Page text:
In search of “gentlemen” in the fifteenth century: “The Boke of St. Albans”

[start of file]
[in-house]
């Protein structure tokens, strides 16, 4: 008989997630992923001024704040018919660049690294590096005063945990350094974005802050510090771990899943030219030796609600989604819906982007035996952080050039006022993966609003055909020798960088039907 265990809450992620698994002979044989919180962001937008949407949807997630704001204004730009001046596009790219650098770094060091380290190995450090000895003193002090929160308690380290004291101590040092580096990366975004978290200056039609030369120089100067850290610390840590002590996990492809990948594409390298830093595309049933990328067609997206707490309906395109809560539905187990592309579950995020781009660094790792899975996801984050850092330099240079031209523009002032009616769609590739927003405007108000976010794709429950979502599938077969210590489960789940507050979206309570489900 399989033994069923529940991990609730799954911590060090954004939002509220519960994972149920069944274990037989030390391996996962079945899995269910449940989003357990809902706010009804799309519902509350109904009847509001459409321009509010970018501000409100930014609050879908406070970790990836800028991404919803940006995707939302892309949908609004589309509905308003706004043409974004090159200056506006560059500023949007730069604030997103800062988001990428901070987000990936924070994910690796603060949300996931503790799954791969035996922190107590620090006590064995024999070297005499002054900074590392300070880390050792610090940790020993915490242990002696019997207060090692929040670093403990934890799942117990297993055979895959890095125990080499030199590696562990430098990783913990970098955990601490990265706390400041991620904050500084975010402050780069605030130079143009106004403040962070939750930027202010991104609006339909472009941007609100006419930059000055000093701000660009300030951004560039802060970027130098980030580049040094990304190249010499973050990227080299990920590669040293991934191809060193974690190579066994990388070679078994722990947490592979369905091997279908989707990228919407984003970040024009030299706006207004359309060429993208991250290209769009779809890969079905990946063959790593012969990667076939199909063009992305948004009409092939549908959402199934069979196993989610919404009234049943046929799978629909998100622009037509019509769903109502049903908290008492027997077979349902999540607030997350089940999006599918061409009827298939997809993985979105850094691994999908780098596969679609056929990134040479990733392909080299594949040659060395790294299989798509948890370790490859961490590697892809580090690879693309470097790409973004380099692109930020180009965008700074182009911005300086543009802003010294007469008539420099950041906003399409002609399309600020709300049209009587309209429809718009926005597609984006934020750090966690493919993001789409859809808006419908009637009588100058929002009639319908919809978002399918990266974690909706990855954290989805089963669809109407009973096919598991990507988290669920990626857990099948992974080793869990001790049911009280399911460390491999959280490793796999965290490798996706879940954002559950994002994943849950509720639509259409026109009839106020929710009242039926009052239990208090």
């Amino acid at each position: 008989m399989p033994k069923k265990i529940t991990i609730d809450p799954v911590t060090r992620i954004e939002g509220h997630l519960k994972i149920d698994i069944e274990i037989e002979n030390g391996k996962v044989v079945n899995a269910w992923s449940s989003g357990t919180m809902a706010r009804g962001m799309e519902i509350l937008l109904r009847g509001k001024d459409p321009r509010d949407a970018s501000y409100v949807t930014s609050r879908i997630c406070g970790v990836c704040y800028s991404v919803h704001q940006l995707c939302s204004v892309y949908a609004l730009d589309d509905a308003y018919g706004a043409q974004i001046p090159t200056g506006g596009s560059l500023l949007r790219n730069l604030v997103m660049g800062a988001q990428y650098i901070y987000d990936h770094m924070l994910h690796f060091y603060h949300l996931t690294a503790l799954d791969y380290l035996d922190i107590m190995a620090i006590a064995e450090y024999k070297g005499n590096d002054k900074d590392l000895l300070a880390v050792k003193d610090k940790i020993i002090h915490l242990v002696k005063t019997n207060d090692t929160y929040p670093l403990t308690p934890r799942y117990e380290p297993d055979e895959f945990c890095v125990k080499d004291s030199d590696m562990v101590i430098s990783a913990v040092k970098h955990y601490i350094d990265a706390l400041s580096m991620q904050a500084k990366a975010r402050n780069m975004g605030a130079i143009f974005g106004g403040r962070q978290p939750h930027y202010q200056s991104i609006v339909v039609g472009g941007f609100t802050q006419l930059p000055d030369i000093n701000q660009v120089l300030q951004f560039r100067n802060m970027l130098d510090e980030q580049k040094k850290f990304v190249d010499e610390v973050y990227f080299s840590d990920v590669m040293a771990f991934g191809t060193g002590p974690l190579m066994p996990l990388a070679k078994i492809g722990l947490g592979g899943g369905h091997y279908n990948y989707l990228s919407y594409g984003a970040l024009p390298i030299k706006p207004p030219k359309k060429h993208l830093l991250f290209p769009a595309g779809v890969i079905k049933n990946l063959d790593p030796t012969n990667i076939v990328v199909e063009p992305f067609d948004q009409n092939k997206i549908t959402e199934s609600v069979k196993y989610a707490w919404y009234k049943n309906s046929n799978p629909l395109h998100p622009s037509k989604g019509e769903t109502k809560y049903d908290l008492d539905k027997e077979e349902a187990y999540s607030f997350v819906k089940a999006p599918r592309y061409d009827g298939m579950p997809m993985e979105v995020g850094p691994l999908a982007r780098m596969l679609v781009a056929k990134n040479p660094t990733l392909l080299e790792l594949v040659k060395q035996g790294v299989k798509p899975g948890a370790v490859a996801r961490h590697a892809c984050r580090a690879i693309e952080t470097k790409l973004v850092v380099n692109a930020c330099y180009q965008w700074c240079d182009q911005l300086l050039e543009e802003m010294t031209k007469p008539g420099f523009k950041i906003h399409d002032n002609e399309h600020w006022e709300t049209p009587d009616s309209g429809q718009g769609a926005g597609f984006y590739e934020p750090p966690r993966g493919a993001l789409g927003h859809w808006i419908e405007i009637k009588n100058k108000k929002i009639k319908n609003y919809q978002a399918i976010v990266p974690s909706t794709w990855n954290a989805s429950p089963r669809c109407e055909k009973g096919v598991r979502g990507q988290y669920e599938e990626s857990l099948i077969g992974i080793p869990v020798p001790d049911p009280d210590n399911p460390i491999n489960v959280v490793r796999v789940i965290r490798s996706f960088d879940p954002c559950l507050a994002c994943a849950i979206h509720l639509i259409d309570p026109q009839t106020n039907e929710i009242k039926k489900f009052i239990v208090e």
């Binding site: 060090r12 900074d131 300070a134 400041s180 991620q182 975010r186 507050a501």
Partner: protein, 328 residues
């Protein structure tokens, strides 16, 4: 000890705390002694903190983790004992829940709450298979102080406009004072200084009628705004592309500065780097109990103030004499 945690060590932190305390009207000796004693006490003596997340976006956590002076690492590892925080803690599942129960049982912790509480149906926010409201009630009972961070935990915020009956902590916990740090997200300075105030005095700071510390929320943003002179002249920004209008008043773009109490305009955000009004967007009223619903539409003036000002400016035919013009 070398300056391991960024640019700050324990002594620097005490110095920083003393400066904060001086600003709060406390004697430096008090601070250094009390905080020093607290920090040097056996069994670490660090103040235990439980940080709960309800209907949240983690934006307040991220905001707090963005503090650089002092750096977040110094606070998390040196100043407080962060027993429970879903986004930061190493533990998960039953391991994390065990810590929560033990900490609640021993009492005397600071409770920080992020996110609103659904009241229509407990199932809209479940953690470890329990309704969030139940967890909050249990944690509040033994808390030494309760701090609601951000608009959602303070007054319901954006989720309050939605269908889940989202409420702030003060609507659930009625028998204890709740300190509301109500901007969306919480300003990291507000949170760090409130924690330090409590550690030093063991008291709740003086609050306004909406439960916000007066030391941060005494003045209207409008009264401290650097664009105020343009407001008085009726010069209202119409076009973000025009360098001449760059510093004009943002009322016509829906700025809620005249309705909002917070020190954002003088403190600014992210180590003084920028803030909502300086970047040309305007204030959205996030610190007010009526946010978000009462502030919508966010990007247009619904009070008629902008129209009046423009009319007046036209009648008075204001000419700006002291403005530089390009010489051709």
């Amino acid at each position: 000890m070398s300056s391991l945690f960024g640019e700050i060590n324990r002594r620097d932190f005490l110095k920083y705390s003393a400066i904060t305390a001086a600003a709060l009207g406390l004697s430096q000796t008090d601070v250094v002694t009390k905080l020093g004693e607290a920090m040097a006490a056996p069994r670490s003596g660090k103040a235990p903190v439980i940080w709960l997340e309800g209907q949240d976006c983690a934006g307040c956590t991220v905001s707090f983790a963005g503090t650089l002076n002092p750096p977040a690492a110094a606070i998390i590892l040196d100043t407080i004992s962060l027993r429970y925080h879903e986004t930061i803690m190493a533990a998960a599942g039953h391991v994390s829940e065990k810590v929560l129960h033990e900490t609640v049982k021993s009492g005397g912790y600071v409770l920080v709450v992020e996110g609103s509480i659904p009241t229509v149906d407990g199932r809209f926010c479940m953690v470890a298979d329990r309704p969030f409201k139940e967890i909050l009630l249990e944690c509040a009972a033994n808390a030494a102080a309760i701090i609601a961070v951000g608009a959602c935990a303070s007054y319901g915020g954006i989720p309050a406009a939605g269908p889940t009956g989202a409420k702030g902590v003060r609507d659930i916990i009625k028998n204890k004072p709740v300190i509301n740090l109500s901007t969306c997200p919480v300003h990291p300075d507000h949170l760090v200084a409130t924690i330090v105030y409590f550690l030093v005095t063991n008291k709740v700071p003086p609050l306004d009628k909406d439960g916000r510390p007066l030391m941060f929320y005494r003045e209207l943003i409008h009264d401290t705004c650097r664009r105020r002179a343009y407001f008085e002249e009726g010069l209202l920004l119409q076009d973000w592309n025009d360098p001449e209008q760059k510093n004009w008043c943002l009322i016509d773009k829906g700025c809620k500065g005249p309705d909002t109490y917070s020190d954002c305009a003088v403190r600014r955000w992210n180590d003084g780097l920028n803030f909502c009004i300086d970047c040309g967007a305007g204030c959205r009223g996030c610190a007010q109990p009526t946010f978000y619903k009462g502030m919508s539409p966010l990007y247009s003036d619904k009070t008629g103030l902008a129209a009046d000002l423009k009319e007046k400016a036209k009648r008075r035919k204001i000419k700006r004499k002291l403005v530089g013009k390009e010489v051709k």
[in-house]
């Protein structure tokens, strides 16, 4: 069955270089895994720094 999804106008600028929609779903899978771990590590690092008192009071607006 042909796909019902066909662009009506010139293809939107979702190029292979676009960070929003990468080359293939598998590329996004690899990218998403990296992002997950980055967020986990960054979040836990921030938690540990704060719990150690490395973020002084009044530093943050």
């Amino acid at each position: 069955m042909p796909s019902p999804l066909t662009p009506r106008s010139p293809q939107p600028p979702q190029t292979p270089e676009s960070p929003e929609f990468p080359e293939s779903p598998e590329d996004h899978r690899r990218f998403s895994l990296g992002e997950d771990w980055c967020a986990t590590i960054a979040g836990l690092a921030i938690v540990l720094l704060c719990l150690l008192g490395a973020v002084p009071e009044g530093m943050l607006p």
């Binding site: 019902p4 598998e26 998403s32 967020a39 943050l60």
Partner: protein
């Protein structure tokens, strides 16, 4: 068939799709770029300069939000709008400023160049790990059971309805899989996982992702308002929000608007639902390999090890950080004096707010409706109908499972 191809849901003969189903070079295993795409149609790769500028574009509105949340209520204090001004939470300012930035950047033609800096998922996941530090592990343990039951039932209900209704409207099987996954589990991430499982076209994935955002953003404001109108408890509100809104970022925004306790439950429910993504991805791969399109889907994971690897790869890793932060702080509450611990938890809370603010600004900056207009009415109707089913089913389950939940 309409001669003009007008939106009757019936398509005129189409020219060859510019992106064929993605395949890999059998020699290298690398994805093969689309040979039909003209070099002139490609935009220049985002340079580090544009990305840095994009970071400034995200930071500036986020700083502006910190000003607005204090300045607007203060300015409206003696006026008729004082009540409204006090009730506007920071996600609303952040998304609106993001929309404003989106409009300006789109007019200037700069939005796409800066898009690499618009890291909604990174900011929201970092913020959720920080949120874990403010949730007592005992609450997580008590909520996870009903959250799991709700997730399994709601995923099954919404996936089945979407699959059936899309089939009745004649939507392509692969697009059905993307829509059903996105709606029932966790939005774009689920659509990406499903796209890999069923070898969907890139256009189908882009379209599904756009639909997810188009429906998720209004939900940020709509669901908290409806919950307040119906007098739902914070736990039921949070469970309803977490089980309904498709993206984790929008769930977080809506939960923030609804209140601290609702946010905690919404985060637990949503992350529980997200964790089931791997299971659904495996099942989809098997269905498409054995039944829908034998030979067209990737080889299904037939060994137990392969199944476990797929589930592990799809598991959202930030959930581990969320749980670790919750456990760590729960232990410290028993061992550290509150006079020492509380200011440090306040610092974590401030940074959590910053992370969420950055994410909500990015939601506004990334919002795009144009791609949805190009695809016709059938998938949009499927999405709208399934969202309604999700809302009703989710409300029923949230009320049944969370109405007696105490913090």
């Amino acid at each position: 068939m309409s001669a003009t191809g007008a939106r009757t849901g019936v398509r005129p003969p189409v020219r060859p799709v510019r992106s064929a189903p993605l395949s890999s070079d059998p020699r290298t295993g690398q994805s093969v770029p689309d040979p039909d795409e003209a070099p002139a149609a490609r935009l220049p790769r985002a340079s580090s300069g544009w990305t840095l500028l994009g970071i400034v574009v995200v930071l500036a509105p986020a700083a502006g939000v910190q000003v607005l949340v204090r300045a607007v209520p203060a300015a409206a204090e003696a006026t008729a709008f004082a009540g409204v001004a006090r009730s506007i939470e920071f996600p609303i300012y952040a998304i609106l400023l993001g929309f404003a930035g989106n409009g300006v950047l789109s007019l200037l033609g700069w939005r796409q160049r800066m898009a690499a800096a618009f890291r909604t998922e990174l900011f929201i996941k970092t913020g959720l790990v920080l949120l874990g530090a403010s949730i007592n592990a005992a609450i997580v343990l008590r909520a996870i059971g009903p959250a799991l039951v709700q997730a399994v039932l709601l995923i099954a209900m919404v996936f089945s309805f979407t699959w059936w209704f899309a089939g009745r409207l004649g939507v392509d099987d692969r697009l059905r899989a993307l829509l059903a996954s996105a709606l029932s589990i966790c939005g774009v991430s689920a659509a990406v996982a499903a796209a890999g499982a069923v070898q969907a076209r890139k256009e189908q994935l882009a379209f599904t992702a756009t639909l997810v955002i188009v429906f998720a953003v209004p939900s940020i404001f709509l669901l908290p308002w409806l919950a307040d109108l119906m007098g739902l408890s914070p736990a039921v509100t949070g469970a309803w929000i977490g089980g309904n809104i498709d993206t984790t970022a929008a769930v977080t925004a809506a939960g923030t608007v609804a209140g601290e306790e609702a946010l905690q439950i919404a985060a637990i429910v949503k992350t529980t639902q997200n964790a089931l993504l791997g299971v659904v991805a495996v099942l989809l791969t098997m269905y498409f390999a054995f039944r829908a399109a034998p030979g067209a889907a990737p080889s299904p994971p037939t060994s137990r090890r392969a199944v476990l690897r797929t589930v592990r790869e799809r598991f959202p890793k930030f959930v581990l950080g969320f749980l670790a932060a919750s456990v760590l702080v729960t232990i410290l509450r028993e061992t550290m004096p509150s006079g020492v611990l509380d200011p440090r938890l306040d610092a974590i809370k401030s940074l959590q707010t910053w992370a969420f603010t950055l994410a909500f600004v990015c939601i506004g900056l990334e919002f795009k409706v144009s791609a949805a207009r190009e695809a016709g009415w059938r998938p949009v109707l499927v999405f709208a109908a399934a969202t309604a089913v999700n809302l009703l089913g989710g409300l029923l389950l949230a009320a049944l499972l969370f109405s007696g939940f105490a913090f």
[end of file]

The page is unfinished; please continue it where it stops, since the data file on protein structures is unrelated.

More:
This thesis explains the concept of “gentleman” and its place in the social and cultural world of fifteenth-century England. To this end it examines the Book of St. Albans, compiled by a mysterious individual towards the end of the century, which is concerned with the aristocratic pastimes and pursuits of the time. Familiarity with aristocratic codes and manners helped individuals create beneficial social connections and command respect, resulting in better social standing. Namely, an increasing interest in aristocratic culture was the result of a widespread presumption that manners and adequate knowledge of the gentle world would be enough to pass as a “gentleman”. In this context, the Book of St. Albans is regarded as an example of courtesy writings whose principal aim was to instruct people on the complex cultural world of the aristocracy to better their chances of success in the highly competitive real world. For modern historians, the importance of these works lies in the definitions that they provide regarding “gentility” and its place in the social world of late medieval England.